The American Avocet (Recurvirostra americana) is a large wader.
The adult American Avocet is about 45 cm (18 inches) tall.
It has long, thin, grey leg. The long, thin bill is upturned at the end.
The plumage is black and white on the back with white on the underbelly. The neck and head are cinnamon colored in the summer and gray in the winter.
Breeding / Distribution:
The breeding habitat is marshes, beaches, prairie ponds, and shallow lakes in the mid-west and on the Pacific coast of North America.
The American Avocet nests on open ground, often in small groups, sometimes with other waders. A pair will rear one brood per season, with both male and female providing parental care for the young.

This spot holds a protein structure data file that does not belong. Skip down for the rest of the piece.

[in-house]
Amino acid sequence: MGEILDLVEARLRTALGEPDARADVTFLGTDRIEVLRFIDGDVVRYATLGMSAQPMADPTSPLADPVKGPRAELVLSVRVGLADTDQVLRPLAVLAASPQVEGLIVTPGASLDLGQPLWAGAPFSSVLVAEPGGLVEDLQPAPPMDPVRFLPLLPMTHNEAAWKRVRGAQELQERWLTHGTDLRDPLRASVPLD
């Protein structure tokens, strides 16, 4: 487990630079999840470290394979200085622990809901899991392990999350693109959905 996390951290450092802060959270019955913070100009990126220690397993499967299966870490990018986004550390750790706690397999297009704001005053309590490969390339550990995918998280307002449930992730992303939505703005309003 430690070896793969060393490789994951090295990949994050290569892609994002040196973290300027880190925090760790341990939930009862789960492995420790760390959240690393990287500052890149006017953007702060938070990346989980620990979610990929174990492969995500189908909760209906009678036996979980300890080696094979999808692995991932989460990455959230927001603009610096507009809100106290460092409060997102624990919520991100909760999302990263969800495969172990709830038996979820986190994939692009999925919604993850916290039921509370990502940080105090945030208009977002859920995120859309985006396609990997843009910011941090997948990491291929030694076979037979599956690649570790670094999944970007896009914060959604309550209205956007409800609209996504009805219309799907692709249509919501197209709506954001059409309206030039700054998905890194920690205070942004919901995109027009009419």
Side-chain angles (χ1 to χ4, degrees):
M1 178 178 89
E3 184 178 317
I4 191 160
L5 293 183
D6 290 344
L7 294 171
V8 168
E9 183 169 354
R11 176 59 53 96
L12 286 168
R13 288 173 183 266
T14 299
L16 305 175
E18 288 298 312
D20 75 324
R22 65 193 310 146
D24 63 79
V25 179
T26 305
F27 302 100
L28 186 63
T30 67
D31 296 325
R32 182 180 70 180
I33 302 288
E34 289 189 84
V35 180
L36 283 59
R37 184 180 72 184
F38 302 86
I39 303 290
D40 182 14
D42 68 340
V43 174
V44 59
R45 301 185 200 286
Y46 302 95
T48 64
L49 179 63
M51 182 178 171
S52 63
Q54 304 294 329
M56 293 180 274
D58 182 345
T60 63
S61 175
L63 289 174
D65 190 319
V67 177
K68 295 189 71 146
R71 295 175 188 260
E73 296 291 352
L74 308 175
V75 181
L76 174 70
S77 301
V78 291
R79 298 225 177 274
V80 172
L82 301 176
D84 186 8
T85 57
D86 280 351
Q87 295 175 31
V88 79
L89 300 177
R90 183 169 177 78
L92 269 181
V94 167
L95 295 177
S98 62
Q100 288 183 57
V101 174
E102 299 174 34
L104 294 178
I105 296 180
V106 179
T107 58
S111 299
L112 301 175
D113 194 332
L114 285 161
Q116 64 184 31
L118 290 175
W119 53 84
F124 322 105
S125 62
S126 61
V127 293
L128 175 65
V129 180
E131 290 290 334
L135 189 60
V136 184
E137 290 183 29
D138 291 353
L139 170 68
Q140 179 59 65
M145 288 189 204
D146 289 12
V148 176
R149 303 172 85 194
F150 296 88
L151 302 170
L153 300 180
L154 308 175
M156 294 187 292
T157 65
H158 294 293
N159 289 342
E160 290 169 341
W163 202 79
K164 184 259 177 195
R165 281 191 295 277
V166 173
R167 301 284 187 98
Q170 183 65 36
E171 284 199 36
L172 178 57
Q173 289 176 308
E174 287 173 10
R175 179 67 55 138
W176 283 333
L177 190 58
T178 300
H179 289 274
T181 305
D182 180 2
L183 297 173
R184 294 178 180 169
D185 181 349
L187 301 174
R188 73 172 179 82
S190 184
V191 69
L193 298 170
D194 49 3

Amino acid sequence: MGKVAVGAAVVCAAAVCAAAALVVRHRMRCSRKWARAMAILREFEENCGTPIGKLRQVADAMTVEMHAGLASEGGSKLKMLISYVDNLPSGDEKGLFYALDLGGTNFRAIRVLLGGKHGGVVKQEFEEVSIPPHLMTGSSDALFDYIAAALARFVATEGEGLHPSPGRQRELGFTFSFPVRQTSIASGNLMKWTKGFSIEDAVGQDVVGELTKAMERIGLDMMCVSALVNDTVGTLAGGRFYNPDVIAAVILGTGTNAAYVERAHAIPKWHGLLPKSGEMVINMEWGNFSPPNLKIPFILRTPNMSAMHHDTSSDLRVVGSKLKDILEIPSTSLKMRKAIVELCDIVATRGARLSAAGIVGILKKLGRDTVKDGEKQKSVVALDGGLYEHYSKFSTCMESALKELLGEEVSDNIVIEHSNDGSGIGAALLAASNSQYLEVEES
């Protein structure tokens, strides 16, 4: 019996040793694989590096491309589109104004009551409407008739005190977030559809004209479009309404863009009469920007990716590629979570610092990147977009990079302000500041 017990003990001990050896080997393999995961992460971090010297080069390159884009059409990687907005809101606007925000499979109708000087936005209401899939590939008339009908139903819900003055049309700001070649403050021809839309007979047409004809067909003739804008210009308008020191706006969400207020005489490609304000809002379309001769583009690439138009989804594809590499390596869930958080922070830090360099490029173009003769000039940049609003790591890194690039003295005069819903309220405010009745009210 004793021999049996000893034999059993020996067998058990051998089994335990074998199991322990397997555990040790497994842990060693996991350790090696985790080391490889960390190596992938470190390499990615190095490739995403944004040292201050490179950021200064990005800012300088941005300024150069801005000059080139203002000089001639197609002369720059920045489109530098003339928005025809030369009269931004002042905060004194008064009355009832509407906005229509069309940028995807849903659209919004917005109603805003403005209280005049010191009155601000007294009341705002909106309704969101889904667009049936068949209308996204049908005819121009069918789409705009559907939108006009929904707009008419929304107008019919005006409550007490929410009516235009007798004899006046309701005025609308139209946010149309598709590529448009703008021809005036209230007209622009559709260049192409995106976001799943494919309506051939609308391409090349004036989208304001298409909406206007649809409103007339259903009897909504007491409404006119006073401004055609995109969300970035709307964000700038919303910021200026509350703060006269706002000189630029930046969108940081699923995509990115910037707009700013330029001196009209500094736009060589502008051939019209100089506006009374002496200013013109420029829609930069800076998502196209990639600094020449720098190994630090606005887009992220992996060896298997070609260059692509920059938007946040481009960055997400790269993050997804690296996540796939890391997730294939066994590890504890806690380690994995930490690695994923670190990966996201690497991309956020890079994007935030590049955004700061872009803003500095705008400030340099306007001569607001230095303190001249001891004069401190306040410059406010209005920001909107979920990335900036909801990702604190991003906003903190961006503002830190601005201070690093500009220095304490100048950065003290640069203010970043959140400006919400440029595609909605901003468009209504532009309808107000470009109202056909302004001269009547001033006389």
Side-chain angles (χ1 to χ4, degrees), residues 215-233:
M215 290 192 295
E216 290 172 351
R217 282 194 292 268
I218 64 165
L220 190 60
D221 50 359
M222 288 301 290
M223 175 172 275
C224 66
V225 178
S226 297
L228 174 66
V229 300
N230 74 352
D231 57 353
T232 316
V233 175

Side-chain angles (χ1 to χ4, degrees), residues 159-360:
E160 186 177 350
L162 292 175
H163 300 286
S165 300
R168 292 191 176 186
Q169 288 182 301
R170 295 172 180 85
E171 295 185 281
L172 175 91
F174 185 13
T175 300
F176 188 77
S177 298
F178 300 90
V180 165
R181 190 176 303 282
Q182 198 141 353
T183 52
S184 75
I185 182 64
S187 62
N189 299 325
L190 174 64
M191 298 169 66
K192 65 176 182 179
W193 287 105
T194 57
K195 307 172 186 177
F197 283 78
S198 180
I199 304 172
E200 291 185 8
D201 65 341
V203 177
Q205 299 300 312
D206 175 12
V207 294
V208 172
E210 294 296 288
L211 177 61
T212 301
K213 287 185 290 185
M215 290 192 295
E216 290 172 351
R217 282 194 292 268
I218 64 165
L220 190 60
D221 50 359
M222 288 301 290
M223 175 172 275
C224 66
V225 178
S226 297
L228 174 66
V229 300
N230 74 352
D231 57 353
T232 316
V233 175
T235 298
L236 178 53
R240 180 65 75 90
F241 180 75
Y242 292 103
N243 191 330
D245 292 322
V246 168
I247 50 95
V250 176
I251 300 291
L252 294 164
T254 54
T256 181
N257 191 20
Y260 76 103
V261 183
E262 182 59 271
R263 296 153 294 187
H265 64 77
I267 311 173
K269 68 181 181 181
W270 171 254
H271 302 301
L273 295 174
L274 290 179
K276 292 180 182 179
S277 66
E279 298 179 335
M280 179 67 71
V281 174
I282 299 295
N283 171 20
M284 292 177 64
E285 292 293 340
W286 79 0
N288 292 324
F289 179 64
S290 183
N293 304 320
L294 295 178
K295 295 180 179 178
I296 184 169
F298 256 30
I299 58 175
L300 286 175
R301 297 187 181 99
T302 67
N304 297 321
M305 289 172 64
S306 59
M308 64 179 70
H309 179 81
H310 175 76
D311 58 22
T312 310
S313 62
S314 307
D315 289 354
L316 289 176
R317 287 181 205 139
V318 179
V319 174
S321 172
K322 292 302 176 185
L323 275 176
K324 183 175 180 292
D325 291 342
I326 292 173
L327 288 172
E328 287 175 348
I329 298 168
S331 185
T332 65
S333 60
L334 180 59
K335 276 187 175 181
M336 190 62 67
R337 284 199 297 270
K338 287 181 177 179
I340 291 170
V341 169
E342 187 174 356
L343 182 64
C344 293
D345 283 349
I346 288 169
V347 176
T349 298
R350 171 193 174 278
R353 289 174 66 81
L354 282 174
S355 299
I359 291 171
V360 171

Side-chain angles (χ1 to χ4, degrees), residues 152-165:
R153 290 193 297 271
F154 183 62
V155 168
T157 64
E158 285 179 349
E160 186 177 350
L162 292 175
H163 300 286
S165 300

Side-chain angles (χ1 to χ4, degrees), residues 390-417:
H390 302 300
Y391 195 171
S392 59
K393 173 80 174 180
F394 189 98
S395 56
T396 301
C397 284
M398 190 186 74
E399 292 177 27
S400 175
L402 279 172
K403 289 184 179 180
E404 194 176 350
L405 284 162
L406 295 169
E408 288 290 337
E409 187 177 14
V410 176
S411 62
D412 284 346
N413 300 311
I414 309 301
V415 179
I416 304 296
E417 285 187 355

This migratory species mostly winters on the southern Atlantic and Pacific coasts of Mexico and the United States.
Diet / Feeding:
The American Avocet forages in shallow water or on mud flats, often sweeping its bill from side to side in water as it seeks its crustacean and insect prey.